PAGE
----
Sunday, February 2, 2014

Three Yards and a Cloud of Dust: The Evolution of Passing in the NFL

Introduction
"Three yards and a cloud of dust" (1) - that's how Woody Hayes described his "crunching, frontal assault of muscle against muscle", the offense that defined the Ohio State Buckeyes in the 50s and 60s. He went on say that, in regards to the passing game, "only three things can happen when you pass and two of them are bad". Hayes' colourful description of his offense springs directly from the original vision of American Football: run, run, run. Were he alive today, he would be shocked to see that the game has evolved into a philosophy of pass, pass, pass. This phenomenon has elevated one player position above all others: the quarterback. He has become king; all other players are subject to the whims of the crown. How did this happen? Let's review the game, its history and follow it through.
thumbnail image: Three Yards and A Cloud of Dust: The Evolution of Passing in the NFL
The Most Popular Sport in the World
American Football - simply known as “football” in the United States - generates the most revenue of any sporting franchise in the United States and indeed the world (2). In 2012, the NFL (National Football League) took in nearly $10 billion dollars (U.S.) compared to the Premier League at $3.3 billion. Still not impressed? Attendance numbers tell the same story: the NFL attracts nearly 4 million spectators more than the nearest competitor which, interestingly, is not what you might guess (hint: it’s not the Premier League and it’s not some other American sports league). If you guessed the Bundesliga association football (i.e. “soccer”) league in Germany, congratulations! That league holds the number two designation (3), which drew 13.8 million visitors during the 2011-12 season compared to 17.2 million for the NFL.
This article was written by the the author of "Graph of the Week" for Statistics Views and published on January 30, 2014. Read the rest of this article there.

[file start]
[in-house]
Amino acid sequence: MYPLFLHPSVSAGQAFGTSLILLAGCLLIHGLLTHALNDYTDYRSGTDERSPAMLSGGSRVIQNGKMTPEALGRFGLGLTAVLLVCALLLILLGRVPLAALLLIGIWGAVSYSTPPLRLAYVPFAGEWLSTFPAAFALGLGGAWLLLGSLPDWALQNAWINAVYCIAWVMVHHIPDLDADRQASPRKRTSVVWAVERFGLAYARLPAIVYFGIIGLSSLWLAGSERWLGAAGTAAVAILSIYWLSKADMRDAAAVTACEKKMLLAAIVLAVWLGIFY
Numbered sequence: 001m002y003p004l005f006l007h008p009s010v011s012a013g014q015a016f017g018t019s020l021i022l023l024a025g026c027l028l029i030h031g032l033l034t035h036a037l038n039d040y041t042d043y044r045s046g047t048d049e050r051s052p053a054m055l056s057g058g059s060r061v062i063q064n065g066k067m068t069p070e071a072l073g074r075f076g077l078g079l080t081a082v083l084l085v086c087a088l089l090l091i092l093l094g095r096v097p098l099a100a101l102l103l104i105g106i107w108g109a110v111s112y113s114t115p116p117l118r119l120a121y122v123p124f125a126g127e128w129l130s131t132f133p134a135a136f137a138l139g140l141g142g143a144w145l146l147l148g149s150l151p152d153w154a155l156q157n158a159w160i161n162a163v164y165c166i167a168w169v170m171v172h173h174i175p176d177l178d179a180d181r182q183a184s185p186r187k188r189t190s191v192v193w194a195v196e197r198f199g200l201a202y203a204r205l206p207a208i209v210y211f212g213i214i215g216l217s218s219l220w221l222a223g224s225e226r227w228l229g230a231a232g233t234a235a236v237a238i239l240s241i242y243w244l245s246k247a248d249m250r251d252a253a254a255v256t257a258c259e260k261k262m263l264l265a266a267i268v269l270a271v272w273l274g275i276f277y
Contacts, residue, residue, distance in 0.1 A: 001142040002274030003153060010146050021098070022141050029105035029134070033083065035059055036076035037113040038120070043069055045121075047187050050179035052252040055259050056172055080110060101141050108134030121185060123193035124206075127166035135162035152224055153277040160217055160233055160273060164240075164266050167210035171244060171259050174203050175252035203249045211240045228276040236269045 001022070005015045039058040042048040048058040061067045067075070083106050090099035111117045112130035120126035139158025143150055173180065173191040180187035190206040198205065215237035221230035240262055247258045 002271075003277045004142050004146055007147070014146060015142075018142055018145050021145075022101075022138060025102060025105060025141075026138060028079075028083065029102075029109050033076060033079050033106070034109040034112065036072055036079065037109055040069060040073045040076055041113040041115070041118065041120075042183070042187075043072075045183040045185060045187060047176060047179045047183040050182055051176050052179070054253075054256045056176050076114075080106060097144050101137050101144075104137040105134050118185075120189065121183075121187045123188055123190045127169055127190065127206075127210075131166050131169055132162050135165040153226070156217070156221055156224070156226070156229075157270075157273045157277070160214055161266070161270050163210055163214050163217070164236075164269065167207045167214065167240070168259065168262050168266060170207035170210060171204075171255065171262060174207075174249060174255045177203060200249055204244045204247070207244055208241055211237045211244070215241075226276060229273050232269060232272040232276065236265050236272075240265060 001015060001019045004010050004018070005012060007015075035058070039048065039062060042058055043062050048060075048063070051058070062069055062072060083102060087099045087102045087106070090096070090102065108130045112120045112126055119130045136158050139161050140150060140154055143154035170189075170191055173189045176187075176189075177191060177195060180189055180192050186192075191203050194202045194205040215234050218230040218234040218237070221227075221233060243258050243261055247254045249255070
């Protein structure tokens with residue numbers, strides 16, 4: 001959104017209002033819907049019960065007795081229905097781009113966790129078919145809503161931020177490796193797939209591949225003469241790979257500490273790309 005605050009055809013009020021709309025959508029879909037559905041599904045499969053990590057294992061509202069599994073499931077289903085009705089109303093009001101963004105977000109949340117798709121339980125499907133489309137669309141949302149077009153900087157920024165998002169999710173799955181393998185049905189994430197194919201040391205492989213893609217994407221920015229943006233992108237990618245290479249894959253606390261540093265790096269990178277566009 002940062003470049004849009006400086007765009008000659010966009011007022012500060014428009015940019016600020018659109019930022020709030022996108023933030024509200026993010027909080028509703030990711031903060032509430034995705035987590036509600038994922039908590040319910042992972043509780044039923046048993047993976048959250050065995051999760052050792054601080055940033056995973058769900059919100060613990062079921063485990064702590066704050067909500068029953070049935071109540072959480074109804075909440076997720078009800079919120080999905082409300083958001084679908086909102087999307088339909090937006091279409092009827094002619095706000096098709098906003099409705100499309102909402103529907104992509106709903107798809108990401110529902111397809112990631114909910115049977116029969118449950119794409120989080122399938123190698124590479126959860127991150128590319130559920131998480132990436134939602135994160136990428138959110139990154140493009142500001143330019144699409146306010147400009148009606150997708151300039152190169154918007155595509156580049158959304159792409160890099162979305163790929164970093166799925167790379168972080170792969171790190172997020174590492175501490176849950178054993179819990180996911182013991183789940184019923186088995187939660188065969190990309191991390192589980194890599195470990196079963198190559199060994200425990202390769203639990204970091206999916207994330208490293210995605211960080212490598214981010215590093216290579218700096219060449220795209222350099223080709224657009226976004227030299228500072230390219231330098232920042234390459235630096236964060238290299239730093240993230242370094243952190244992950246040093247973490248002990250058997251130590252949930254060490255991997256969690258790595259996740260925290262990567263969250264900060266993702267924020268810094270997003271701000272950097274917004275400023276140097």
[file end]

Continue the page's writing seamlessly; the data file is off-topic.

4 comments:

  1. Hey there Patrick...Welcome back. Nice going on stats...but "sacked" on the Broncos. Given the defensive power of the Seahawks pumped higher by the hyped-up focus on the legendary P. Manning by sport commentary, fired-up the Seahawks to win. The psychological rush fueled by the hype gave them the edge and why I picked them to win (but not to dominate).

    That's my take from a social science perspective. No stats. :)

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    1. Hey Sarge -

      Yep, Broncos got it handed to them. Note that Russell Wilson is also an elite quarterback, enabling his team to score on the Bronco mishaps.

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  2. I'm surprised you've forgotten about the #1 sport in the United States. Major league baseball revenue is $8 billion, attendance is _75 million_ !
    http://www.forbes.com/sites/maurybrown/2013/12/17/major-league-baseball-sees-record-revenues-exceed-8-billion-for-2013/
    http://www.forbes.com/sites/maurybrown/2013/10/03/the-good-the-bad-and-the-ugly-of-mlbs-2013-attendance/

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    1. Hi Kevin -

      I'm a baseball fan too! That being said, the NFL out-grossed MLB by about $2 billion dollars: http://money.cnn.com/2013/02/01/news/companies/nfl-money-super-bowl/

      You are absolutely correct about total attendance. MLB outdraws everybody due to the large volume of games played. My wording in the article was incorrect on this point - I should have said "average" attendance per game and cited those numbers, but I cited the total attendance numbers while thinking average attendance in my head. By that measure (average per game) the NFL is #1: http://www.sportingintelligence.com/finance-biz/business-intelligence/global-attendances/

      However, given the wording of the article, you are correct on point #2 - MLB is king when it comes to attendance. Thanks for pointing this out! :-)

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